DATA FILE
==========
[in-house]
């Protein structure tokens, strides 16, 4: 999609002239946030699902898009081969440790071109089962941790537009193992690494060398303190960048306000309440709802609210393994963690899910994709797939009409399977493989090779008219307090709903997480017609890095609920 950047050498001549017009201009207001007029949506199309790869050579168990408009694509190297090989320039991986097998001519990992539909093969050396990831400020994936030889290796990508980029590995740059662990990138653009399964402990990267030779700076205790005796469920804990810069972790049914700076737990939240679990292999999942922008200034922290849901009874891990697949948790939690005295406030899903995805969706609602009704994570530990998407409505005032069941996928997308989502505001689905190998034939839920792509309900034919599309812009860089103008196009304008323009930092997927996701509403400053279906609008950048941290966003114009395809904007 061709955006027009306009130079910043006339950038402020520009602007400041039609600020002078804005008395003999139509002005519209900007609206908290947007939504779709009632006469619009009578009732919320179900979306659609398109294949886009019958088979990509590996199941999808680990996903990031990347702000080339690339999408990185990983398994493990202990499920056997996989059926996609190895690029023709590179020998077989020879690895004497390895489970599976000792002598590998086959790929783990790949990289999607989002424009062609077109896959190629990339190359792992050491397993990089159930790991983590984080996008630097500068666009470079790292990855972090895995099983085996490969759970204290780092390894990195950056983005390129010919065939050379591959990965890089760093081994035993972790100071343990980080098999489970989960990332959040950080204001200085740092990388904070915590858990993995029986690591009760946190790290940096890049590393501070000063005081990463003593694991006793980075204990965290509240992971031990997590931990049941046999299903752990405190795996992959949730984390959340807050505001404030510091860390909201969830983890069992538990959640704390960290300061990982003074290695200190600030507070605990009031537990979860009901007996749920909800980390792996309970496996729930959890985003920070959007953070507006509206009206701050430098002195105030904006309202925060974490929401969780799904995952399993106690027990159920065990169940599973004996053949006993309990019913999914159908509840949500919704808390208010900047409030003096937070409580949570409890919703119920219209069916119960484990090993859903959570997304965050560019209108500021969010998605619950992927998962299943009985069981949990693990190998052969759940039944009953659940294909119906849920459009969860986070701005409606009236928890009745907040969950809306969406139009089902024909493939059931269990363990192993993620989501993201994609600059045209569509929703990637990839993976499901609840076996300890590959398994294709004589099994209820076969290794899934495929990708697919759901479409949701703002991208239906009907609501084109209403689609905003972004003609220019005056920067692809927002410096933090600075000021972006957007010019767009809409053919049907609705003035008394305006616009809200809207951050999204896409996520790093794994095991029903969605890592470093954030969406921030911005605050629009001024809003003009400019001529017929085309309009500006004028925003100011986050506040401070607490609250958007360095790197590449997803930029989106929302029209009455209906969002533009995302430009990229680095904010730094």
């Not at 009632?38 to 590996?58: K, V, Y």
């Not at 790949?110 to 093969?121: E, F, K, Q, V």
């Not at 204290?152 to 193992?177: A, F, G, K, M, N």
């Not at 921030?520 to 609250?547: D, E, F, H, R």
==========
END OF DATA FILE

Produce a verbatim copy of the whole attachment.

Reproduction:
[in-house]
């Protein structure tokens, strides 16, 4: 999609002239946030699902898009081969440790071109089962941790537009193992690494060398303190960048306000309440709802609210393994963690899910994709797939009409399977493989090779008219307090709903997480017609890095609920 950047050498001549017009201009207001007029949506199309790869050579168990408009694509190297090989320039991986097998001519990992539909093969050396990831400020994936030889290796990508980029590995740059662990990138653009399964402990990267030779700076205790005796469920804990810069972790049914700076737990939240679990292999999942922008200034922290849901009874891990697949948790939690005295406030899903995805969706609602009704994570530990998407409505005032069941996928997308989502505001689905190998034939839920792509309900034919599309812009860089103008196009304008323009930092997927996701509403400053279906609008950048941290966003114009395809904007 061709955006027009306009130079910043006339950038402020520009602007400041039609600020002078804005008395003999139509002005519209900007609206908290947007939504779709009632006469619009009578009732919320179900979306659609398109294949886009019958088979990509590996199941999808680990996903990031990347702000080339690339999408990185990983398994493990202990499920056997996989059926996609190895690029023709590179020998077989020879690895004497390895489970599976000792002598590998086959790929783990790949990289999607989002424009062609077109896959190629990339190359792992050491397993990089159930790991983590984080996008630097500068666009470079790292990855972090895995099983085996490969759970204290780092390894990195950056983005390129010919065939050379591959990965890089760093081994035993972790100071343990980080098999489970989960990332959040950080204001200085740092990388904070915590858990993995029986690591009760946190790290940096890049590393501070000063005081990463003593694991006793980075204990965290509240992971031990997590931990049941046999299903752990405190795996992959949730984390959340807050505001404030510091860390909201969830983890069992538990959640704390960290300061990982003074290695200190600030507070605990009031537990979860009901007996749920909800980390792996309970496996729930959890985003920070959007953070507006509206009206701050430098002195105030904006309202925060974490929401969780799904995952399993106690027990159920065990169940599973004996053949006993309990019913999914159908509840949500919704808390208010900047409030003096937070409580949570409890919703119920219209069916119960484990090993859903959570997304965050560019209108500021969010998605619950992927998962299943009985069981949990693990190998052969759940039944009953659940294909119906849920459009969860986070701005409606009236928890009745907040969950809306969406139009089902024909493939059931269990363990192993993620989501993201994609600059045209569509929703990637990839993976499901609840076996300890590959398994294709004589099994209820076969290794899934495929990708697919759901479409949701703002991208239906009907609501084109209403689609905003972004003609220019005056920067692809927002410096933090600075000021972006957007010019767009809409053919049907609705003035008394305006616009809200809207951050999204896409996520790093794994095991029903969605890592470093954030969406921030911005605050629009001024809003003009400019001529017929085309309009500006004028925003100011986050506040401070607490609250958007360095790197590449997803930029989106929302029209009455209906969002533009995302430009990229680095904010730094």
């Not at 009632?38 to 590996?58: K, V, Y």
């Not at 790949?110 to 093969?121: E, F, K, Q, V």
């Not at 204290?152 to 193992?177: A, F, G, K, M, N």
């Not at 921030?520 to 609250?547: D, E, F, H, R």